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Let me set the scene. I'm writing a program to model the flow of an ideal fluid around various singularities using the complex potential and then using conformal transformations to map boundaries into new shapes. It's very nearly done but one of the transformations (what appears to be the easiest one as well) is giving me grief.

Here we go:

w = Complex Number

z = Complex Number

U = Constant

Zeta = Complex Number

Let w = Uz

This is simply uniform flow.

I want to map z |-> z ^ (2/3) which should give me flow around a corner.

Doing this I get W = Uz^(2/3)

To get the velocity vector I take the conjugate of dw/dz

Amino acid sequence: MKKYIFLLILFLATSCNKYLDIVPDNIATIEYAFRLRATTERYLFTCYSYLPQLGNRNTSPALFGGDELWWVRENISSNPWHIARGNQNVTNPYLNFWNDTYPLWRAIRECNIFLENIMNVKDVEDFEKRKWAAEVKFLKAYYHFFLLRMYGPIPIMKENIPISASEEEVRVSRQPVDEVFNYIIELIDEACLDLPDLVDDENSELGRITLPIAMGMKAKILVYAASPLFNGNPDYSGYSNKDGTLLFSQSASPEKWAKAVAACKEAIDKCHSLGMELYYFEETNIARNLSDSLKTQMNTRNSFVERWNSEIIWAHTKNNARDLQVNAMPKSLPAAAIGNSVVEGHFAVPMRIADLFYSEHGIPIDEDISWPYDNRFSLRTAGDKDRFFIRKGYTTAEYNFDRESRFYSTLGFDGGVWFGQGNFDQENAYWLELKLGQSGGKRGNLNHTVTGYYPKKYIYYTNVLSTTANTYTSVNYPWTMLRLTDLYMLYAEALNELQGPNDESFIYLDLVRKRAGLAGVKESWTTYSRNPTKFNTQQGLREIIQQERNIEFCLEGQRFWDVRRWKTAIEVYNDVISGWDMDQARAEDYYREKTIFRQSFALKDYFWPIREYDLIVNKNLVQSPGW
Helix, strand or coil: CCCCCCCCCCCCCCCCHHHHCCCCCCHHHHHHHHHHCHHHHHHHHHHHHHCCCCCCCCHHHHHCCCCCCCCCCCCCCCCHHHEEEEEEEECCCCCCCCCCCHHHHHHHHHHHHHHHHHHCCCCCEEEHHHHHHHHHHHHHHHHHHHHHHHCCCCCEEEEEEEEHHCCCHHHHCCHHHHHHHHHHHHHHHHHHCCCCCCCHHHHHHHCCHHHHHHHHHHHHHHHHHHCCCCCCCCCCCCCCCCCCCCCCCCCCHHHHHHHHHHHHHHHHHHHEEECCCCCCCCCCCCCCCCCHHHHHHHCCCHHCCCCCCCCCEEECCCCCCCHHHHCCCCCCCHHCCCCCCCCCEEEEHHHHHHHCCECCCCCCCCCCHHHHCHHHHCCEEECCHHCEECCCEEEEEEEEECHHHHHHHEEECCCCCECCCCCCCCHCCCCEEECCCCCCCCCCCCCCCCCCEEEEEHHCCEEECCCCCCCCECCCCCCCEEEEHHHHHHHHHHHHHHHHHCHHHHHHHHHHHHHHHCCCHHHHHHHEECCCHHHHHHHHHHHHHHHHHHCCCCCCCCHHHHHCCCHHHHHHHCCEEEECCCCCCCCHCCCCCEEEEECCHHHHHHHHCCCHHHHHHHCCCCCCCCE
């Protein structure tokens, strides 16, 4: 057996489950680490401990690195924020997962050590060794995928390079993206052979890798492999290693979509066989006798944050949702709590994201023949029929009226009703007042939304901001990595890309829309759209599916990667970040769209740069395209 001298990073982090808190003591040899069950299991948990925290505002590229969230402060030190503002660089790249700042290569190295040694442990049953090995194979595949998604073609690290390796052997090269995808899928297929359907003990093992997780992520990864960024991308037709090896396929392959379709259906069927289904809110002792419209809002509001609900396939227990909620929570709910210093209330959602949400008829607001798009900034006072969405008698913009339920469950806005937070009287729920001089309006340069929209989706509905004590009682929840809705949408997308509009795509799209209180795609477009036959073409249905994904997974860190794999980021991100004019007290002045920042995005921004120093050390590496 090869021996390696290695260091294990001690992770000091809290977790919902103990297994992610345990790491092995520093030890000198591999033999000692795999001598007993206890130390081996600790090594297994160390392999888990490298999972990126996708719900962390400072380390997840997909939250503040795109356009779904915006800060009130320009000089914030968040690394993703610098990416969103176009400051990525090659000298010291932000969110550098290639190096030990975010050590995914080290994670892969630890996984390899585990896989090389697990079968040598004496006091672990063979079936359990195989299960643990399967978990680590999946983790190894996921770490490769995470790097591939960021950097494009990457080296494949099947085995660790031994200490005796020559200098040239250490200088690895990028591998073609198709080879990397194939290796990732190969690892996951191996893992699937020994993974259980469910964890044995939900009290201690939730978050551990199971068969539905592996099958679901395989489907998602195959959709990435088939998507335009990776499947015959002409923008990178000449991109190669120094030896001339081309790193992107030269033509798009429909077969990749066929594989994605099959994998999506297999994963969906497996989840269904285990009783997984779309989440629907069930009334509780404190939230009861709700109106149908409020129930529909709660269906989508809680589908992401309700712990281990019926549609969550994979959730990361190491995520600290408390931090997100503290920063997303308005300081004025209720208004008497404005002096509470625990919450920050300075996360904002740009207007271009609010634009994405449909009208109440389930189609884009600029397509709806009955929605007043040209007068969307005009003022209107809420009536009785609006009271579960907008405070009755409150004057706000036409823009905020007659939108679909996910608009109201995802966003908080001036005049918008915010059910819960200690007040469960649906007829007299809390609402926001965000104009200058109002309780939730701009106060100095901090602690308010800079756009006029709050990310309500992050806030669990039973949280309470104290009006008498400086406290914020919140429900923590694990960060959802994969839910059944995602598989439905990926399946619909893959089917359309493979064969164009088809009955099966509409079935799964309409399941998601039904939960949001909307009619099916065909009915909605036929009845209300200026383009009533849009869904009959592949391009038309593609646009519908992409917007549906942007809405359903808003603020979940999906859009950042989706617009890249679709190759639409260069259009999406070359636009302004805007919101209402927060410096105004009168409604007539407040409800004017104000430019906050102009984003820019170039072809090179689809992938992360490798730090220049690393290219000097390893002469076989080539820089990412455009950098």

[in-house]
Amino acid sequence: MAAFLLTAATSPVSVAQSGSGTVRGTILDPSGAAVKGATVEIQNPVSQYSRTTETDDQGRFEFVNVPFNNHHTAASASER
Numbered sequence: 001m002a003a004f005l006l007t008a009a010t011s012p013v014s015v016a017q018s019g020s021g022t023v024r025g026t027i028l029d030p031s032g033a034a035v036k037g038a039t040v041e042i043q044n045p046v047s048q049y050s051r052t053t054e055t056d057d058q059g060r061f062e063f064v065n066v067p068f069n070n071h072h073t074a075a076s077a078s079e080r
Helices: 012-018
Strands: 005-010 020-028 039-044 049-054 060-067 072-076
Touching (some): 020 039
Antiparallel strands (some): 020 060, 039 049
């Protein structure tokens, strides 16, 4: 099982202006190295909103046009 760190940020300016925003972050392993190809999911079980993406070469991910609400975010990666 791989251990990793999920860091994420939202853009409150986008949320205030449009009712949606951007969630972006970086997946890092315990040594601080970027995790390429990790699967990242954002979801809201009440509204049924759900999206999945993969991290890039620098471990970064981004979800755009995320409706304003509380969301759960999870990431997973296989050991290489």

i.e. u - iv = 2/3 * U * z^(-1/3)

If I hard code this directly into my program, I get the right flow pattern.

However, because my program has to cope with lots of different transformations not all so simple, it must work using the chain rule.

For this I introduced the complex number zeta, which is simply z after it has been mapped.

i.e. zeta = z ^ (2/3)

The velocity is now given by dw/d(zeta). Using the chain rule...

dw/d(zeta) = dw/dz * dz/d(zeta)

If w = Uz, dw/dz = U

& If zeta = z ^ (2/3), d(zeta)/dz = (2/3) * z ^ (-1/3)

therefore dz/d(zeta) = 3/2 * z ^(1/3)

& dw/d(zeta) = 3U/2 * z ^ (1/3)

which does of course give a different velocity to the one calculated the other way. It seems that d(zeta)/dz is the inverse of what is required.

Strangely though, this same method works for other transformations such as zeta = z + 1/z.

I have spent about 1 and a half days now tracking the problem down to this and trying to work out what's wrong.

Is there anybody there who can help?? Please.